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Department of the Treasury
Financial Crimes Enforcement Network
The Financial Crimes Enforcement Network is issuing this advisory to U.S. financial institutions so that they may guard against a potential money laundering threat involving Belarusian government senior regime elements (including senior executives in state-owned enterprises), acting individually or through government agencies and associated front companies, seeking to move misappropriated Belarusian state assets as well as proceeds from illicit arms sales to or through the U.S. financial system.
The U.S. Department of the Treasury has concerns that President Alexander Lukashenko, other senior Belarusian government officials, and senior Belarusian state business executives, having been engaged in the abuse and theft of Belarusian public resources as well as arms sales to states of concern - including state sponsors of terrorism - may now be seeking to move illicitly acquired financial assets abroad in advance of the imposition of international financial sanctions on Belarus. In particular, in response to irregularities associated with the fraudulent March 19th Belarusian presidential election and related human rights abuses, the United States and the European Union have declared that diplomatic and financial sanctions will be imposed against President Lukashenko and other Belarusian senior regime elements, who may attempt to evade the sanctions by moving the proceeds of corruption, other misappropriated state assets, and proceeds acquired through illicit arms sales.
Consistent with their anti-money laundering program obligations pursuant to 31 C.F.R. part 103, financial institutions are reminded of the requirement to implement appropriate risk-based policies, procedures, and processes, including conducting customer due diligence on a risk-assessed basis to aid in the identification of potentially suspicious transactions.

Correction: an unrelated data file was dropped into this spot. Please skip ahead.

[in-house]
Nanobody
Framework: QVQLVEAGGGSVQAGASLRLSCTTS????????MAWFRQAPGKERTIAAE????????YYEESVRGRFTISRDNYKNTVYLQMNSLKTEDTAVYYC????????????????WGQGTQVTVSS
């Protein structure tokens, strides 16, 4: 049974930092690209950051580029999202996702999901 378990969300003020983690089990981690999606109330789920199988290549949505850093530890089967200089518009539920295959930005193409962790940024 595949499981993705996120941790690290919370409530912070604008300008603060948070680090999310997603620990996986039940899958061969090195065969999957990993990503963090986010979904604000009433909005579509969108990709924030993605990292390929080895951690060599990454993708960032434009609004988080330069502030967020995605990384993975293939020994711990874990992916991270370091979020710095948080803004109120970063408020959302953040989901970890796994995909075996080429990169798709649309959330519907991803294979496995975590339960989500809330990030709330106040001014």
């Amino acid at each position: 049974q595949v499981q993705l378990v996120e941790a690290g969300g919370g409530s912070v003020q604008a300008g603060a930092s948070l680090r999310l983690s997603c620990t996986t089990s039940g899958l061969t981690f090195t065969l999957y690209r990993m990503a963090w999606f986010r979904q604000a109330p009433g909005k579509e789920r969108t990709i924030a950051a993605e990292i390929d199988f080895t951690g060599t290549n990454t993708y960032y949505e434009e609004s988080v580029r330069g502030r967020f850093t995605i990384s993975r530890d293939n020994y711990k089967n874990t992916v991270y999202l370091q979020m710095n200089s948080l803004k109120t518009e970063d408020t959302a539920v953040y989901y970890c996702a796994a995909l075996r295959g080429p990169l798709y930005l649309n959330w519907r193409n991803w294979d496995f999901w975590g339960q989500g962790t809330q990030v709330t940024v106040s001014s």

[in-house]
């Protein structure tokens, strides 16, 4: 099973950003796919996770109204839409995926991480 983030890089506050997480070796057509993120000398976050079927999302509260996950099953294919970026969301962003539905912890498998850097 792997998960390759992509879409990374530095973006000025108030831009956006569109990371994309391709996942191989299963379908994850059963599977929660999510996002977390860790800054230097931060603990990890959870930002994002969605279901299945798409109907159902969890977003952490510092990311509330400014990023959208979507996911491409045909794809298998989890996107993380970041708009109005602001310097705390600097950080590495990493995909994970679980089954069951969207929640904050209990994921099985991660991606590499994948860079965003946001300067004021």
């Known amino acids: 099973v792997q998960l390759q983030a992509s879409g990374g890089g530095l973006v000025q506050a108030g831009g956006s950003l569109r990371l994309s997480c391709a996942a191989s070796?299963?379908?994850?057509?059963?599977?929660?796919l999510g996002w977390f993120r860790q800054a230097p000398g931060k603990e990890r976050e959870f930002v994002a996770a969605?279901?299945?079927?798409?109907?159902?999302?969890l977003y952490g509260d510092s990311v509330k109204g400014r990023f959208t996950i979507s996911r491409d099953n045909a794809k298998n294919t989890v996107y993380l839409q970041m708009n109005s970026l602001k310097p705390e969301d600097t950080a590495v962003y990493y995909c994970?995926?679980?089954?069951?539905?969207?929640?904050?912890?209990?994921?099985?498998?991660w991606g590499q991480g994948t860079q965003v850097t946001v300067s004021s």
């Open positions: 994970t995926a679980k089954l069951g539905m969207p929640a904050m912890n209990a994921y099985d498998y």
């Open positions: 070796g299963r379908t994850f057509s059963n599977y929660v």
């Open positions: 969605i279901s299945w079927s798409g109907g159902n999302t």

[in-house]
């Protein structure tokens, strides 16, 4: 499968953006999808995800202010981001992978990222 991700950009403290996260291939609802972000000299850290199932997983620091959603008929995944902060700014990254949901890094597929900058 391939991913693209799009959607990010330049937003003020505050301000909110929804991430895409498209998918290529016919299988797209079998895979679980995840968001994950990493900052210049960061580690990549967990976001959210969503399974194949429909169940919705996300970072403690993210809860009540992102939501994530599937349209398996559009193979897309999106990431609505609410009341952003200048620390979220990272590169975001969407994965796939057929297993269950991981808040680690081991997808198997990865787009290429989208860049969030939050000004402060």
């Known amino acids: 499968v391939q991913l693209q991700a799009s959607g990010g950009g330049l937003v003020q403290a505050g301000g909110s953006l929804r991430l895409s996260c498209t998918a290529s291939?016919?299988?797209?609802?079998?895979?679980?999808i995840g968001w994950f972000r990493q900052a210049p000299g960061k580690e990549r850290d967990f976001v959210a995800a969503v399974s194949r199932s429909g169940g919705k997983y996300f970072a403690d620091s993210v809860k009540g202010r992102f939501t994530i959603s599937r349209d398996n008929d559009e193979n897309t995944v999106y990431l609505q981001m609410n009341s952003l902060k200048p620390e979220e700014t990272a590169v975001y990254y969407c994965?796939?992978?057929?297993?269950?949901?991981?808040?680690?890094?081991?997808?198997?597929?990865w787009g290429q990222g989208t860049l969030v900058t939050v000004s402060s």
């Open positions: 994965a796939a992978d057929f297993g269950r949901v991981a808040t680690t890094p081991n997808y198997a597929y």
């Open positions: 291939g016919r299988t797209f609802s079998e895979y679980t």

Additionally, consistent with the standard for reporting suspicious activity as provided for in 31 C.F.R. part 103, if a financial institution knows, suspects, or has reason to suspect that a transaction involves funds derived from illegal activity or that a customer has otherwise engaged in activities indicative of money laundering, terrorist financing, or other violation of law or regulation, the financial institution should then file a Suspicious Activity Report.
Financial institutions are reminded also of their responsibilities regarding the provision of private banking services to non-U.S. persons pursuant to section 312 of the USA PATRIOT Act1, which requires banks, brokers or dealers in securities, futures commission merchants and introducing brokers in commodities, and mutual funds to establish and maintain a due diligence program for such private banking accounts that is reasonably designed to detect and report any known or suspected money laundering or other suspicious activity. Included in this requirement is the duty to conduct enhanced scrutiny of any private banking account that is maintained for senior foreign political figures, their immediate family members, or persons widely and publicly known to be close associates of such individuals in order to detect and report the proceeds of foreign corruption.
Finally, financial institutions are reminded that, pursuant to section 311 of the USA PATRIOT Act, the Financial Crimes Enforcement Network has issued a proposed rulemaking that included a finding that Infobank, one of the largest banks in Belarus and of which the Belarusian government is a principal shareholder, is a foreign financial institution of primary money laundering concern and that would seek to impose a special measure prohibiting the opening or maintaining of correspondent accounts for or on behalf of Infobank2. Additionally, financial institutions are advised that in February 2005 the National Bank of Belarus renamed Infobank. Infobank now conducts its business and other activities as PJSC Trustbank, which is headquartered in Minsk, Belarus.
This advisory is consistent with the Department of the Treasury's efforts to ensure that U.S. financial institutions are not used as a conduit for laundering the proceeds of financial and other crimes, including corruption. We encourage financial institutions worldwide to take similar precautions.
Financial institutions with questions about this advisory may contact the Financial Crimes Enforcement Network at (800) 949-2732.
1 See 71 FR 496 (Jan. 4, 2006); 31 U.S.C. 5318(i).
2 See 69 FR 51973 (Aug. 24, 2005); 31 U.S.C. 5318A.